All four companies state human rights commitments but did not respond when the Blood Gold Report authors asked how they reconcile these with the junta’s abuses, enabled by Wagner. By continuing operations, companies have reaped revenues despite the coup. The junta also benefits – 2022 revenues from miners rose 35% to $1.3 billion, over 50% of tax income.

Blood Gold: How Kremlin mercenaries loot Africa to wage war in Ukraine
Photo: The Blood Gold Report

Under Russian influence, the junta aims to increase control and revenues. In July 2023, the junta moved to review the mining code, proposing rules allowing the state to take up to 35% of new mining projects, up from 20%. Barrick Gold CEO Mark Bristow stated the junta needs time to “comprehend” as they are “military people.”

Despite the junta’s increasing demands and Russia’s growing influence, the companies seem intent on maintaining the status quo of operations and investments.

Beyond the $10 million monthly payment, Wagner appears to be considering mining concessions in northern Mali, an area abundant with artisanal mining sites but lacking industrial mining.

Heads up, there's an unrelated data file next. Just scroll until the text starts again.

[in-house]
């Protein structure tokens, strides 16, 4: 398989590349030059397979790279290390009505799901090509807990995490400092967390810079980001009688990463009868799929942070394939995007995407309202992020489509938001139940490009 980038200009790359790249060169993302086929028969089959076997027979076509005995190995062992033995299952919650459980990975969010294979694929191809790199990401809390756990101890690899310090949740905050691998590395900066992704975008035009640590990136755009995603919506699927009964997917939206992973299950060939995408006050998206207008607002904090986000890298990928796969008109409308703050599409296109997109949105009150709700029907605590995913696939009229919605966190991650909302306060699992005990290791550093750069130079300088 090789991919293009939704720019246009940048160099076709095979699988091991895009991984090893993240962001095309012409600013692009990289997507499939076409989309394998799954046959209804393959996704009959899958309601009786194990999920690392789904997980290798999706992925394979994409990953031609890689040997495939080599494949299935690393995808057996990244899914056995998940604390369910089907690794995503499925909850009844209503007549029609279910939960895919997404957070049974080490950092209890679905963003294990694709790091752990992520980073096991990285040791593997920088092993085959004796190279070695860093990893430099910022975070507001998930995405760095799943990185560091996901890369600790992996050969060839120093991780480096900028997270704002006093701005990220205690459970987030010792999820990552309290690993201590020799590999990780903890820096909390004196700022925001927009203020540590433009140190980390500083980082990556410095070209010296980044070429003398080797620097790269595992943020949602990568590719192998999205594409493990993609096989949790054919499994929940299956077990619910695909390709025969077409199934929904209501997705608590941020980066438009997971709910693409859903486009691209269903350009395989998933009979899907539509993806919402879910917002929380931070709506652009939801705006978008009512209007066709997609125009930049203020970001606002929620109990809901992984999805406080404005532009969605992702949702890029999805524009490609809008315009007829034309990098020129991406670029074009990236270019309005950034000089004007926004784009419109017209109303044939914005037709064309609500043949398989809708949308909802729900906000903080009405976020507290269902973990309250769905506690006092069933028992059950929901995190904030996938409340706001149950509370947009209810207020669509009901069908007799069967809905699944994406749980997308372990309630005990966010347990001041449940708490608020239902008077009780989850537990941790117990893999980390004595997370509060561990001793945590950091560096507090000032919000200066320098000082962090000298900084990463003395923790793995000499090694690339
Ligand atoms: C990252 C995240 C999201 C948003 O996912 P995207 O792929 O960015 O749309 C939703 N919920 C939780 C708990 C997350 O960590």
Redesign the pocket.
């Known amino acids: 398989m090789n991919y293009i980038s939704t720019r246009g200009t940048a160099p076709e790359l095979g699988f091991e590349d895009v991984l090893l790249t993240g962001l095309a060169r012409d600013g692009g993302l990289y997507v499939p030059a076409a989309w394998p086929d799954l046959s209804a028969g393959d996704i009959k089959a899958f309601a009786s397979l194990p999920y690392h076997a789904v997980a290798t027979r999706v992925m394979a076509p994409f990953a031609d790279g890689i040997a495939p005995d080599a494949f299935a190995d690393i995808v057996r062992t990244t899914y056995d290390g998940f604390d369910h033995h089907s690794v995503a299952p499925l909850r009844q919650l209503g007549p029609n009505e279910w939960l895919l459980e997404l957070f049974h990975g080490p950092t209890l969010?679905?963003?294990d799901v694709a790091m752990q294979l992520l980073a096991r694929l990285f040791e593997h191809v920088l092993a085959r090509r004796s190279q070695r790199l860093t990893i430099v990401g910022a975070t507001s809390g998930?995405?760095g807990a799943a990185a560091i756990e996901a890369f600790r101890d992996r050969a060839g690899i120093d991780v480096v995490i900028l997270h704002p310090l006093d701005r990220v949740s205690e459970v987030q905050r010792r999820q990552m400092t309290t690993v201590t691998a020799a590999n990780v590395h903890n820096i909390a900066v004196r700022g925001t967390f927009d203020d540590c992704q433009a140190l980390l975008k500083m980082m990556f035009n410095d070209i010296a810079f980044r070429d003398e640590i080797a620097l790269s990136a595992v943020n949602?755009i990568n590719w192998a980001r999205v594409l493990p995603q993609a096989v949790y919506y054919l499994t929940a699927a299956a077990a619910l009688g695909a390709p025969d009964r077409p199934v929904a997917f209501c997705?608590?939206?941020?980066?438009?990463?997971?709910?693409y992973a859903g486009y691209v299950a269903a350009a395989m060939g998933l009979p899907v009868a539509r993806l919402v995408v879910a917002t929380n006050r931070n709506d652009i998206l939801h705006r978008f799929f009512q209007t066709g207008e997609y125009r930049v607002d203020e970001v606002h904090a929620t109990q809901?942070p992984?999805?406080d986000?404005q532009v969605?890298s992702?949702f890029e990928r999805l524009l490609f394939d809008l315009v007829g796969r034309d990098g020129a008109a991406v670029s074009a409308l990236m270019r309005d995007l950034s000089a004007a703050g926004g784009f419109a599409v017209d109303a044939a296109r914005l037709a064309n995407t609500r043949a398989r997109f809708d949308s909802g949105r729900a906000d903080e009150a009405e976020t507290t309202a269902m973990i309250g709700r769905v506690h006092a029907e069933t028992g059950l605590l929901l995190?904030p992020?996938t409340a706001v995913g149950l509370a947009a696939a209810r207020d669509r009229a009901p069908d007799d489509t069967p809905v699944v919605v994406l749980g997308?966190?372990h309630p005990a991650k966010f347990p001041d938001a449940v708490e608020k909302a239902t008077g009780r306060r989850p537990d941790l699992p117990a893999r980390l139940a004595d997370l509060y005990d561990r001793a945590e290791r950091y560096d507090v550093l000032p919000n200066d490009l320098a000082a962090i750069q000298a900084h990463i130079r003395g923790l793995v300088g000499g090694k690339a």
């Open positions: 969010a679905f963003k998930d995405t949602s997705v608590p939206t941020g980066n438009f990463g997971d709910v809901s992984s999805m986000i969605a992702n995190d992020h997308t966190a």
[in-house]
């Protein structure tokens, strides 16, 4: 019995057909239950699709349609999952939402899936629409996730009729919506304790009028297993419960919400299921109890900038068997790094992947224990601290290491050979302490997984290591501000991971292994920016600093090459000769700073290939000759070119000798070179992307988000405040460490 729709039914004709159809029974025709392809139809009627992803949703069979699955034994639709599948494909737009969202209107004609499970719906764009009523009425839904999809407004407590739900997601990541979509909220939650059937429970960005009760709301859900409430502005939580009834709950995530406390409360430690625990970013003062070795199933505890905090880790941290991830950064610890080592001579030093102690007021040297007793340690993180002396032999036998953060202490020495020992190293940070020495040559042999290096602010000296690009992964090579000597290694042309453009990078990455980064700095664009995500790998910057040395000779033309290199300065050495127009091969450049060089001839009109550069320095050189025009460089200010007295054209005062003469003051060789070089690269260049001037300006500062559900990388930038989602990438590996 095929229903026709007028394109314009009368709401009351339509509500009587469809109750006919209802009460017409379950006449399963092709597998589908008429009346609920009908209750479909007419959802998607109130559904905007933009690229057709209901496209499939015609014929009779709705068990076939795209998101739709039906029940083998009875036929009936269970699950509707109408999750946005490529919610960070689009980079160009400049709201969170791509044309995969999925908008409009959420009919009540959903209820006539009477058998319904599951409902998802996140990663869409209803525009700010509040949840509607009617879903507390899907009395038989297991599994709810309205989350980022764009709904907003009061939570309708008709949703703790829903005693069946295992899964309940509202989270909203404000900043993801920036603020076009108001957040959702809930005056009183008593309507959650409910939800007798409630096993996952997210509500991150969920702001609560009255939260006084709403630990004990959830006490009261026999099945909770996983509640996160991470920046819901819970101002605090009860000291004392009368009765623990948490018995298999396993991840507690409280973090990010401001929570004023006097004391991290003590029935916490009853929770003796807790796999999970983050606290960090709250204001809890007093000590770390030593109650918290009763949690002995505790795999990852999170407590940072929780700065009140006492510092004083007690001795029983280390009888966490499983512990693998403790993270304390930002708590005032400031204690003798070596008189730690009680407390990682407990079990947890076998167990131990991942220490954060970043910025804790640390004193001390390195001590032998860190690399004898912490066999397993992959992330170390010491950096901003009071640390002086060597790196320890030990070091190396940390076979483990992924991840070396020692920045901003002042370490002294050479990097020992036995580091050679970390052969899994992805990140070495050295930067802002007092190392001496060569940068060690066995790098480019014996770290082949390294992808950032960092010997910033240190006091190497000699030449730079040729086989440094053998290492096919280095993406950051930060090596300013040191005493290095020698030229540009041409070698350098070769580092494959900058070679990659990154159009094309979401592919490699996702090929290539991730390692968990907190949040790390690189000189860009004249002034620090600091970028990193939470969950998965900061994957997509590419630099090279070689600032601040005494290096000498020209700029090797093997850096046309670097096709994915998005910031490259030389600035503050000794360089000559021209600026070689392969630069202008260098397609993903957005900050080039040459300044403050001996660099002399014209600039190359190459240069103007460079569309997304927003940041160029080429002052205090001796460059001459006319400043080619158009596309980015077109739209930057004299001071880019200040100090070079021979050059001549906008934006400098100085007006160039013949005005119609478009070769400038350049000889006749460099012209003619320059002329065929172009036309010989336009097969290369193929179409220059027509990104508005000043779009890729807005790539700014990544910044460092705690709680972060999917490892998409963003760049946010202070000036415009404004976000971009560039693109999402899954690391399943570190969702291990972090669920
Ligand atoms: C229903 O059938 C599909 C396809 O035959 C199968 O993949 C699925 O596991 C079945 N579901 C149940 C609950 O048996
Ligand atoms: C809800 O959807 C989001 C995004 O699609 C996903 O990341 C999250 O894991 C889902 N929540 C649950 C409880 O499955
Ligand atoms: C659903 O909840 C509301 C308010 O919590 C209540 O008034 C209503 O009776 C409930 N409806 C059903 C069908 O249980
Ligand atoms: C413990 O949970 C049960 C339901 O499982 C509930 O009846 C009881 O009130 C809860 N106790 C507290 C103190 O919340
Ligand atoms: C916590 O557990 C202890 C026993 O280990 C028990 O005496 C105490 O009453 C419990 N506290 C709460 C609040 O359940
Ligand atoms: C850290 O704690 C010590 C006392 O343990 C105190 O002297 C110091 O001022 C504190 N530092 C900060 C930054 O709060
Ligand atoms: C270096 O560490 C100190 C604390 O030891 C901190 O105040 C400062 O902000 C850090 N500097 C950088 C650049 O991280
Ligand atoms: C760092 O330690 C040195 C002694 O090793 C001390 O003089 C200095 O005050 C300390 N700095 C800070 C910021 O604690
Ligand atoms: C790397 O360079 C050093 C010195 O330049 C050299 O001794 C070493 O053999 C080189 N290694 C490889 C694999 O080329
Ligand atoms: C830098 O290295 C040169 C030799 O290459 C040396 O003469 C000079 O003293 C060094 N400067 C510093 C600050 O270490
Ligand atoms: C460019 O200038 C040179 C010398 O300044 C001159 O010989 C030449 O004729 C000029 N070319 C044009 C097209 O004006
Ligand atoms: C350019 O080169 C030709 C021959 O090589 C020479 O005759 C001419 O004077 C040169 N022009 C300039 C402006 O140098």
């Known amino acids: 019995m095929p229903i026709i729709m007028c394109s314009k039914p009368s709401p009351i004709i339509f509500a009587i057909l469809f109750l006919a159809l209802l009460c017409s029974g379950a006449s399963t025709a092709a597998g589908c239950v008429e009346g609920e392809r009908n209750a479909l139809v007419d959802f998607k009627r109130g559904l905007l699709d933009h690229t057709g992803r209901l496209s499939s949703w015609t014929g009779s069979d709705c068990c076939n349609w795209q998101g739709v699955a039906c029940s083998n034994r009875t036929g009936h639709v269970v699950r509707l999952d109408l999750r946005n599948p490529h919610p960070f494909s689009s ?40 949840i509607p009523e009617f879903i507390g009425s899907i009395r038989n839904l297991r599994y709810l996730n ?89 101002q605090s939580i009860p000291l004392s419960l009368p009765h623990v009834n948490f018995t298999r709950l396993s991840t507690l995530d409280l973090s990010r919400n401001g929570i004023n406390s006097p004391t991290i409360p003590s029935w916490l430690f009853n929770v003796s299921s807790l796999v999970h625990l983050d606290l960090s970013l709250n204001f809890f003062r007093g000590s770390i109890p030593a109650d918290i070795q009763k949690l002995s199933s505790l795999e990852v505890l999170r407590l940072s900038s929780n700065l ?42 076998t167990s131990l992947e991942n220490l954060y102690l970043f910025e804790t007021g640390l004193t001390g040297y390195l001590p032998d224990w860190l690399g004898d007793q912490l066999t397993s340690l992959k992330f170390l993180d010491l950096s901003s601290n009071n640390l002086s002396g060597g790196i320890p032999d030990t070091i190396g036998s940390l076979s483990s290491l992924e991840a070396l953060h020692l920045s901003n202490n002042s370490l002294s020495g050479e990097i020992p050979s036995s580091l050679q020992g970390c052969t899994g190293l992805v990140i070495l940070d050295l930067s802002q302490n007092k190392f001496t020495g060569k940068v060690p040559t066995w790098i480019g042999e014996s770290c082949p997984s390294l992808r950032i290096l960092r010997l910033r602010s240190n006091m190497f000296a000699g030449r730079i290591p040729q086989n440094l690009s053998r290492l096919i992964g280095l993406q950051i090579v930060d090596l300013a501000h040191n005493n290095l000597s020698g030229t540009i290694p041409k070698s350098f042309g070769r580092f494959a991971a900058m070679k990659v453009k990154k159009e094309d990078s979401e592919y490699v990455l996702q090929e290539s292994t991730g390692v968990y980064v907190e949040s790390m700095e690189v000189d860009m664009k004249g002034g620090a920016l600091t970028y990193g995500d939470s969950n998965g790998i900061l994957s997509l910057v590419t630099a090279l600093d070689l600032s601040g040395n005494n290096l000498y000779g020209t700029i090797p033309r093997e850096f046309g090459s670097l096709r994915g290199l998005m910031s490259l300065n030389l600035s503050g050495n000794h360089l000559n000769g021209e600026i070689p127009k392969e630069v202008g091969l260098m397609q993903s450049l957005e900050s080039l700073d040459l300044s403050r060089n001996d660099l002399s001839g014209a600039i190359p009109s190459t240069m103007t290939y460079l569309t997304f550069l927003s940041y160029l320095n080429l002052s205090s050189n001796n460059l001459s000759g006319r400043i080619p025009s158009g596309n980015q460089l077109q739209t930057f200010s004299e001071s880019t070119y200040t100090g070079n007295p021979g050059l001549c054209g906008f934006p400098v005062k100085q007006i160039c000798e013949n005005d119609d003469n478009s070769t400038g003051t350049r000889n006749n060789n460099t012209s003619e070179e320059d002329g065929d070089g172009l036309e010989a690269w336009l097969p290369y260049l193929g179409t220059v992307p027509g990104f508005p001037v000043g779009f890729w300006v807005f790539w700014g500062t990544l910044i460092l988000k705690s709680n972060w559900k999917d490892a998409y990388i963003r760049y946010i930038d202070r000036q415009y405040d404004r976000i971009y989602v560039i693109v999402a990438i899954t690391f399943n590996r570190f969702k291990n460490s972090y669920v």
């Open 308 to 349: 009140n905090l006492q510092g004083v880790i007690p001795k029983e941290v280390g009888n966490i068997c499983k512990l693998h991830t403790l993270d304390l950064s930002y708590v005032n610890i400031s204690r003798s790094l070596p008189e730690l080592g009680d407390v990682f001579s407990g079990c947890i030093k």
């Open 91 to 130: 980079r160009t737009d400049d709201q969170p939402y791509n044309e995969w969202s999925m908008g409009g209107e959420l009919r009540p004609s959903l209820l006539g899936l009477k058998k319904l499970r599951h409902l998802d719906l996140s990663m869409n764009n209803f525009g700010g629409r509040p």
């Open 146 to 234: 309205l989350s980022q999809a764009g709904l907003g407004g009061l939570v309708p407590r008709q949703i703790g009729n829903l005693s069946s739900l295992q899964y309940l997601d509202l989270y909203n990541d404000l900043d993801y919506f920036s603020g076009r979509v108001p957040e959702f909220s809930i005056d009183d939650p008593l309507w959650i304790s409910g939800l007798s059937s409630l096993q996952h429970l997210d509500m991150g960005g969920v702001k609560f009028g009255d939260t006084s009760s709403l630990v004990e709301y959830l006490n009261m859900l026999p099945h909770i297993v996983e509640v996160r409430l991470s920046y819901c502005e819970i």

This move could further complicate matters for international companies, particularly as the junta has inked a deal for Russia to construct a 200-tonne annual refinery – the largest in West Africa. Given the refinery’s significant capacity compared to the 2022 production of 66.2 tonnes, it suggests the junta aims to channel all Malian gold through it, potentially demanding more from its international partners.

Western complicity in Wagner atrocities across Africa

Western companies operating in Africa are indeed to some extent responsible for Wagner Group’s abuses in Africa, agrees security expert Omar Ashour of the Doha Institute. However, pinpointing culpability within those private firms is challenging.